Pictures

I take a lot of pictures and videos.

One thing that I’ve come to realize, is that each day that goes by, it takes longer and longer for me to scroll back in my pictures to the last day that you were here.

Now of course I have made a folder that has all my favorites, the videos, and the best pictures that really captured your smile and the joy on your face. The picture we used for your funeral. The picture we posted on your obituary. The picture I printed to put next to my bed.


But it’s scrolling back to the actual day I took them where I find the ”real” Johnathan pictures.

I will take 20 pictures of the same moment and only one gets put into the favorites folder. It‘s the other 19 that show real life. The imperfections, the blurry hand because he wanted to reach up for my phone, or his tongue sticking out as he yelled “cheese” once he realized I was taking a picture. Scrolling back to those connects me to all of him, not just the picture perfect moments.

It‘s starting to take too long.

What used to be just a quick swipe of the thumb is now a good 20 swipes. I’ll stare at the screen as the pictures blur into colors of familiar memories. The patches of blue that’s definitely the most recent walks outside with Merica, then back to white snow from the storms of February, finally red which lets me know I’m close to the funeral and all the red fireman hats, truck, and Elmo pictures.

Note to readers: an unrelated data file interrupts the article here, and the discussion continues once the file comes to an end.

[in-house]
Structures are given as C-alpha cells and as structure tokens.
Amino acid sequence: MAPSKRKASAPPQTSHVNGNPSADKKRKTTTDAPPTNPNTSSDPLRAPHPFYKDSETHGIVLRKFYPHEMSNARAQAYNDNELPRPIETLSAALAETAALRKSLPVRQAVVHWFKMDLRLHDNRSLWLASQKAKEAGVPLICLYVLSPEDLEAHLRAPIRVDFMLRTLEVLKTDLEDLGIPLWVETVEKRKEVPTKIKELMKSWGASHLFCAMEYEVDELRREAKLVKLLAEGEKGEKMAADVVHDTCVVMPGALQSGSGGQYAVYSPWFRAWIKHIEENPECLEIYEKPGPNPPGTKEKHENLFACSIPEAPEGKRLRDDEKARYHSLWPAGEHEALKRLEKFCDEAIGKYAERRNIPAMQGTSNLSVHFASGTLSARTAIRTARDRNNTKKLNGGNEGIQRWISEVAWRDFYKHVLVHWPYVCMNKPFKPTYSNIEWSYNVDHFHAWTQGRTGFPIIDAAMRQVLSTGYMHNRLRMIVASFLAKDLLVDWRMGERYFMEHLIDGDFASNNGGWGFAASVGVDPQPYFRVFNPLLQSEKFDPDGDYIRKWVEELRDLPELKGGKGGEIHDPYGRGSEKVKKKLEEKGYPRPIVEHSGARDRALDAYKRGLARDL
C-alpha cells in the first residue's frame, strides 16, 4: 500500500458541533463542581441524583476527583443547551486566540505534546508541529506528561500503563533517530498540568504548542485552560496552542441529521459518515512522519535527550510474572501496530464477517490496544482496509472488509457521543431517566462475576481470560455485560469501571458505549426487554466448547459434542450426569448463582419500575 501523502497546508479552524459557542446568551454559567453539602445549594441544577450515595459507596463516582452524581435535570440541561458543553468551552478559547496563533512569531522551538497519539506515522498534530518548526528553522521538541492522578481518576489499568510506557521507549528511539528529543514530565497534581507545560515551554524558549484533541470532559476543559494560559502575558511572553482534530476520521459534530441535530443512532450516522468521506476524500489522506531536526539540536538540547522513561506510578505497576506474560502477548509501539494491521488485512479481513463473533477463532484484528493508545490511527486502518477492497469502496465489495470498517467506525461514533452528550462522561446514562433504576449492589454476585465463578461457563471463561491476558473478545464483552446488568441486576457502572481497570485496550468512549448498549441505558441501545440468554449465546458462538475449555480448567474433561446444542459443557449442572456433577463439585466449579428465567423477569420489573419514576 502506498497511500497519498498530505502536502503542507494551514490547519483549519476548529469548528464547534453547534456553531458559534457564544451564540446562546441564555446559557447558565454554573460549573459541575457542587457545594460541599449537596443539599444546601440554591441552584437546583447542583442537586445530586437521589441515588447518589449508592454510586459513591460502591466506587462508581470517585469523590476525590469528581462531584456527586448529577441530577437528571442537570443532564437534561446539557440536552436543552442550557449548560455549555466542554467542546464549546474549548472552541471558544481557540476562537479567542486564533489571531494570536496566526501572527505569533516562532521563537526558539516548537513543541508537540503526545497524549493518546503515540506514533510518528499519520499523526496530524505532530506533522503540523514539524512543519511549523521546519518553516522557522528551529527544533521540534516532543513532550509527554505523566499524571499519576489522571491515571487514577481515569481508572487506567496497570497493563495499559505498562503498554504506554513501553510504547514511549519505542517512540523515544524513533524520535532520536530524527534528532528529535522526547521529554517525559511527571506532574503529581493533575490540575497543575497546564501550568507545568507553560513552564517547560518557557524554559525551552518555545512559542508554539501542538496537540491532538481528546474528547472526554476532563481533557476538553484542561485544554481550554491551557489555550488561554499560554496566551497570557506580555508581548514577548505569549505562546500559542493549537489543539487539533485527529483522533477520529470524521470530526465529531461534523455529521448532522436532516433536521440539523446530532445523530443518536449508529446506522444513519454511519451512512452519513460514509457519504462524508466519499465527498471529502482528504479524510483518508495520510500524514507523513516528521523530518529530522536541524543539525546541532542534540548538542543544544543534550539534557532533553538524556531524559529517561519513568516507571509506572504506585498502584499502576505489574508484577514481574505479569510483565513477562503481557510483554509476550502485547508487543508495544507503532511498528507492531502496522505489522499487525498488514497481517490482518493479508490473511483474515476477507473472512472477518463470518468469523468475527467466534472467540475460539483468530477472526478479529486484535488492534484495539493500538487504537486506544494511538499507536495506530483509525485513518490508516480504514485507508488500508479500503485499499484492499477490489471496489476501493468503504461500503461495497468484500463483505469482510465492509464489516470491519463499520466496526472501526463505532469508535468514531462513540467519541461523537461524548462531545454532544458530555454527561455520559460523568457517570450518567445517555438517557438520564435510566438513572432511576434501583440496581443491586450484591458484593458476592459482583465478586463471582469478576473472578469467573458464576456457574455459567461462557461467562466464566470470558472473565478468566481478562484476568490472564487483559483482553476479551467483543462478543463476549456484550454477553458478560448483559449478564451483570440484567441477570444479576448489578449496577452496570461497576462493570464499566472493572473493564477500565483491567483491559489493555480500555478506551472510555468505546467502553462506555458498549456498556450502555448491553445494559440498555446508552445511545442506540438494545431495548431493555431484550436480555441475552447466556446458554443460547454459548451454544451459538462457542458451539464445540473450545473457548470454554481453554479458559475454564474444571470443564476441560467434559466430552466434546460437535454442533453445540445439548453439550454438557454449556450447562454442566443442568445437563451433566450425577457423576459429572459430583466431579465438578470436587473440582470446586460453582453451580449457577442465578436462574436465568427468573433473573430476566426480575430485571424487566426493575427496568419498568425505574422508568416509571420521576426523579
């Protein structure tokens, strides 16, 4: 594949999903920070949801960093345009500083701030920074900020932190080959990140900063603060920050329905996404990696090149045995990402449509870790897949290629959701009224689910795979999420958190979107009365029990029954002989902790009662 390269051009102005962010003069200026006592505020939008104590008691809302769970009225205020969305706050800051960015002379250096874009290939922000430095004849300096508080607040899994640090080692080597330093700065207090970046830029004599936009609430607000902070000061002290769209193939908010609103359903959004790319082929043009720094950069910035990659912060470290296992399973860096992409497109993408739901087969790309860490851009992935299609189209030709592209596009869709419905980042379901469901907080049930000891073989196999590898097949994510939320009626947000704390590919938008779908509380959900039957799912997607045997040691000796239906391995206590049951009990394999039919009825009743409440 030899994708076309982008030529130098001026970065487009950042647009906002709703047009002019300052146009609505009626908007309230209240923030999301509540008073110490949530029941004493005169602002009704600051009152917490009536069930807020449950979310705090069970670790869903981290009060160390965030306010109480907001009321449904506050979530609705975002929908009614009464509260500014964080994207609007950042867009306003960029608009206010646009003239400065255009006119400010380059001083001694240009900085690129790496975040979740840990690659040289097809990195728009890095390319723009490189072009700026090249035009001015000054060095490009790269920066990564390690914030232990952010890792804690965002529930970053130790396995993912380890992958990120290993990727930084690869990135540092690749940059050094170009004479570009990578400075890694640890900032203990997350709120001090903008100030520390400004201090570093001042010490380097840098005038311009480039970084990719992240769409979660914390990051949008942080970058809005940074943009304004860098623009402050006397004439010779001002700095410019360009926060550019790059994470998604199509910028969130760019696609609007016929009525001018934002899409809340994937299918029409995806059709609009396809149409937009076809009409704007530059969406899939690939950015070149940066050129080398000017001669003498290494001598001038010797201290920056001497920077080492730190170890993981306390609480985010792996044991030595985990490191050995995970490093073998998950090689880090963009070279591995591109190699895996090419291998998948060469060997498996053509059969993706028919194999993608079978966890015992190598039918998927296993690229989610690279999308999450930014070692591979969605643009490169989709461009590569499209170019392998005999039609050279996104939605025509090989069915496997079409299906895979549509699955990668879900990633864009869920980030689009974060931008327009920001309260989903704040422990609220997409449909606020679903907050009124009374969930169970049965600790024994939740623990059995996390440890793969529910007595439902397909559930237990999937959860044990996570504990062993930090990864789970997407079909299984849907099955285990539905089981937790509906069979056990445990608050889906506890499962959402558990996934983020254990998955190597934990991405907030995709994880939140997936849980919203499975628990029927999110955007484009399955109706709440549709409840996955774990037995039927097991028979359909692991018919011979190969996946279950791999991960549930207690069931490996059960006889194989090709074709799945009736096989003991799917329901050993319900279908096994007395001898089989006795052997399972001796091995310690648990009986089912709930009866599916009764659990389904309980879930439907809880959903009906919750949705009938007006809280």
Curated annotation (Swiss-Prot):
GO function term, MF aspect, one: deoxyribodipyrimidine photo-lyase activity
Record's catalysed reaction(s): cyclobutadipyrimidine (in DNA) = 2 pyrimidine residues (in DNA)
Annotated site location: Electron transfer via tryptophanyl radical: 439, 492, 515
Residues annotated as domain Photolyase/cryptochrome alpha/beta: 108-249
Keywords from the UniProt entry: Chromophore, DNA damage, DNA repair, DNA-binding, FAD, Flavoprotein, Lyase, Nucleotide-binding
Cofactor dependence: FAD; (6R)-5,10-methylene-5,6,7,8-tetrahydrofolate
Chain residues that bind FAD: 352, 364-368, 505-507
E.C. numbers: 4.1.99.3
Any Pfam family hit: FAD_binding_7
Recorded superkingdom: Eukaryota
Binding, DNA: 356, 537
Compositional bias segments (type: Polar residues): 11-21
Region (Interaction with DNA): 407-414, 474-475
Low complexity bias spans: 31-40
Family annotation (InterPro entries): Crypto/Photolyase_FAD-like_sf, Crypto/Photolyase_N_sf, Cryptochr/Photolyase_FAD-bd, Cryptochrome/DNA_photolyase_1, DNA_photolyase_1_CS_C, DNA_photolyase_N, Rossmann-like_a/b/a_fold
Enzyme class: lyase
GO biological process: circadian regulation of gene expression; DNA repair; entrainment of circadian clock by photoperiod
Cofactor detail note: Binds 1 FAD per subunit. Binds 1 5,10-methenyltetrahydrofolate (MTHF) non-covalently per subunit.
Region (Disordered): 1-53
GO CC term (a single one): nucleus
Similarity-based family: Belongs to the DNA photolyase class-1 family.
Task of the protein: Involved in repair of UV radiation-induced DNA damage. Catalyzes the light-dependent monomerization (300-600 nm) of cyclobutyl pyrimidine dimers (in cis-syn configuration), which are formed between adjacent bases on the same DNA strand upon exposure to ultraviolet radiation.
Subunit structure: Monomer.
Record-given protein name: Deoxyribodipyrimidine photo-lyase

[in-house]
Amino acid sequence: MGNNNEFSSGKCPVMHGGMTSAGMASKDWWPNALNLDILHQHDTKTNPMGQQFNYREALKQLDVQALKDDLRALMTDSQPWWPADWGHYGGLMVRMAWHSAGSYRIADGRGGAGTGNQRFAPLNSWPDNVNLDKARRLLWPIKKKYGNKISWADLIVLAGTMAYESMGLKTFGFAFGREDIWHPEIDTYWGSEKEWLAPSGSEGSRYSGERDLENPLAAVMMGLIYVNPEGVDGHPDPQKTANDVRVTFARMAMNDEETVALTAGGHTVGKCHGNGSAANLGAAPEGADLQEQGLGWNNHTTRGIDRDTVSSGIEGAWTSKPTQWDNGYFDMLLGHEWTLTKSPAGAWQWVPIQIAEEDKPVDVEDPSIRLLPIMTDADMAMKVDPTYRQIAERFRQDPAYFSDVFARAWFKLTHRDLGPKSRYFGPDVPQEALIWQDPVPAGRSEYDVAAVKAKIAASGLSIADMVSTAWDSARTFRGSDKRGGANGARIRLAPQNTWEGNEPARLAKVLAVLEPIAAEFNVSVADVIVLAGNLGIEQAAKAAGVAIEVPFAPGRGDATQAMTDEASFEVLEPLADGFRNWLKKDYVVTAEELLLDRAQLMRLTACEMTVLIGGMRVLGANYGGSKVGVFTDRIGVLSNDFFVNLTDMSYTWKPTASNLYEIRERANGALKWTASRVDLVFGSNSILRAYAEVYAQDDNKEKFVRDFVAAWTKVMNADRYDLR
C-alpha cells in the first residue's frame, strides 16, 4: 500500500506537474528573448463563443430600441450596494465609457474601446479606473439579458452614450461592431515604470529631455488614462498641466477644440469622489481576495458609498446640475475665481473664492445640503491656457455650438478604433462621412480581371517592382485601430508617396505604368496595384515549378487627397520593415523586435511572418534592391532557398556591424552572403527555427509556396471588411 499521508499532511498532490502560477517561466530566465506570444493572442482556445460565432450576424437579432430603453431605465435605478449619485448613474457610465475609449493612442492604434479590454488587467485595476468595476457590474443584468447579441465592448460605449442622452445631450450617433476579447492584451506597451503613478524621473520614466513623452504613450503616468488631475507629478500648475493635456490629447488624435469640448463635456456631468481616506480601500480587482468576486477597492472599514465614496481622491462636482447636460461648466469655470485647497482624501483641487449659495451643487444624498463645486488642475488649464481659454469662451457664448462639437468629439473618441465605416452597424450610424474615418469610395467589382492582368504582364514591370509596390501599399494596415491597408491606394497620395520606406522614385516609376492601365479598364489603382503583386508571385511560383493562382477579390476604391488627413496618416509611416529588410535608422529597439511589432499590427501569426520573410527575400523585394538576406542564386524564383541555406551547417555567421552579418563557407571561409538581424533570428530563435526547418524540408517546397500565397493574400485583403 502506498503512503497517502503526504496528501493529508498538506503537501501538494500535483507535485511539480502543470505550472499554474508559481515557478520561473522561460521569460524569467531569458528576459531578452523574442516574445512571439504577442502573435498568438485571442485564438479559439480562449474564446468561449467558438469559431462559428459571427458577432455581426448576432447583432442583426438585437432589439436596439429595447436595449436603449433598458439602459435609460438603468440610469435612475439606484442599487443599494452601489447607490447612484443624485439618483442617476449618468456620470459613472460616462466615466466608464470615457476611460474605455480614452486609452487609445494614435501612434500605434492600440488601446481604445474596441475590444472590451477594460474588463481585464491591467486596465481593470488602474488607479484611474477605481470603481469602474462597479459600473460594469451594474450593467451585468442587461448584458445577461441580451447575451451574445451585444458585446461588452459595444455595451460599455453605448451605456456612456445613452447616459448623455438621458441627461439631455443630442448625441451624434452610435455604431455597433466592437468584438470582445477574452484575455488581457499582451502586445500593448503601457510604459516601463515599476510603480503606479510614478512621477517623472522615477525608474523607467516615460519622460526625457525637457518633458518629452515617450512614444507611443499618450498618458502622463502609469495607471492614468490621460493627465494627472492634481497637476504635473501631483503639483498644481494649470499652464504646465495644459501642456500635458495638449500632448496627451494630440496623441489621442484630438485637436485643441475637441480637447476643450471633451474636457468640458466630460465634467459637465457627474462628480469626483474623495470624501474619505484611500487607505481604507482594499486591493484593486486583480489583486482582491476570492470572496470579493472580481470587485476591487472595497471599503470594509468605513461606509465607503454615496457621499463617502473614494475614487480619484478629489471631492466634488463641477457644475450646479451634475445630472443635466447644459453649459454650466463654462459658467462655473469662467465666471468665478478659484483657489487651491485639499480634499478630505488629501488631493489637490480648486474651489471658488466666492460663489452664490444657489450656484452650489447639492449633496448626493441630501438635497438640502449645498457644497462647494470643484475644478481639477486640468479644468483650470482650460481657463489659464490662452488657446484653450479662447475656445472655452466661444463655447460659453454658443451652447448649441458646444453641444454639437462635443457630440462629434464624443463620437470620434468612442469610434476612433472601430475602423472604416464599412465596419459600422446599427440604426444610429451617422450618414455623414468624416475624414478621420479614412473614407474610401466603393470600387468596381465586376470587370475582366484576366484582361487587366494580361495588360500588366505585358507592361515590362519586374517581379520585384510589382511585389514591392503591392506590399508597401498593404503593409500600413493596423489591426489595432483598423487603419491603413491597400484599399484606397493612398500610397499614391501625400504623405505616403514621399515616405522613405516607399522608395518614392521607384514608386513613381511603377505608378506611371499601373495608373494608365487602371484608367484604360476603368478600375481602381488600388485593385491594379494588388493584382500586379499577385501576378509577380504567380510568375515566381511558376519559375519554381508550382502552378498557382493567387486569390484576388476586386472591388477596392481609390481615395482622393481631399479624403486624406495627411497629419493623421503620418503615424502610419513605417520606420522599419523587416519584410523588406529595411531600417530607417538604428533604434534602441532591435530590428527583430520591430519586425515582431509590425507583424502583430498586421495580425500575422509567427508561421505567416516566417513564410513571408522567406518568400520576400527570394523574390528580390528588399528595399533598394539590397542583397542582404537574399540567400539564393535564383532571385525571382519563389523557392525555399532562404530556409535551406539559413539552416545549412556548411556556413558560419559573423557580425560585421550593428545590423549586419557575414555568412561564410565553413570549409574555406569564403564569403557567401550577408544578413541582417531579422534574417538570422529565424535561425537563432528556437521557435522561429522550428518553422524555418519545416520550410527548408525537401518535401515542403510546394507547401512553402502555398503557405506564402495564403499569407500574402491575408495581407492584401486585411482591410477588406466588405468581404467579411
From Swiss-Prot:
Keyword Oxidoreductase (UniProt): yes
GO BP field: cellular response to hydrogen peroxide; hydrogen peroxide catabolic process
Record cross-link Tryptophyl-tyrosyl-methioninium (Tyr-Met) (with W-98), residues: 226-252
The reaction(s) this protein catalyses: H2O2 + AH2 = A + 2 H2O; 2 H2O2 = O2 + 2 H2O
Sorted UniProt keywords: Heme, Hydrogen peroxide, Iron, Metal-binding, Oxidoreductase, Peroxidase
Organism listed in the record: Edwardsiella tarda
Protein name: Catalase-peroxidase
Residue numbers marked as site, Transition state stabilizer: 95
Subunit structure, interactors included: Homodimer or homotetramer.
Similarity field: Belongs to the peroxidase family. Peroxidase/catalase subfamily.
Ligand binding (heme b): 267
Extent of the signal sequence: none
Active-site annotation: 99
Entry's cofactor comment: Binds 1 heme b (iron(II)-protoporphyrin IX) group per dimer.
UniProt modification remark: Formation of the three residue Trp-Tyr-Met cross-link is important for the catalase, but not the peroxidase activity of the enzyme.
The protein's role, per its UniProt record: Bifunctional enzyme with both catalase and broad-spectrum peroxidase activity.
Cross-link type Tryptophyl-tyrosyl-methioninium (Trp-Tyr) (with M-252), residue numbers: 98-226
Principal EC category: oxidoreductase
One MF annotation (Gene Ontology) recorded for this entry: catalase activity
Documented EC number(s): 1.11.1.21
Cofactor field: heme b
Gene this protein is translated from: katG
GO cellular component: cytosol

I flip through those quick and get to the blue. The blue and green lights of the Christmas lights at the Greensboro Science Center. Our last trip as a family. The night before our nightmare began. Johnathan running with Michael through a tunnel of sparkling lights. I take a deep breath knowing that I’m back to when he was here.





There is this invisible line between when we was here and when he was gone.

It’s getting longer and longer to get to that line. I worry for the day when my phone storage won’t have enough to hold the past. I’ll have to find another way to keep him close. They‘re in the cloud, but little by little, I see them floating away in that cloud, further out of my reach.

I‘m so grateful I have over 23,000 photos on my phone. They help me remember all the amazing things we did with Johnathan. But with each passing day, I’m adding more pictures to after that line that designates he’s gone.


I wish time would have stopped that night at the Christmas lights and like all the pictures I take, we could be frozen in time, together.

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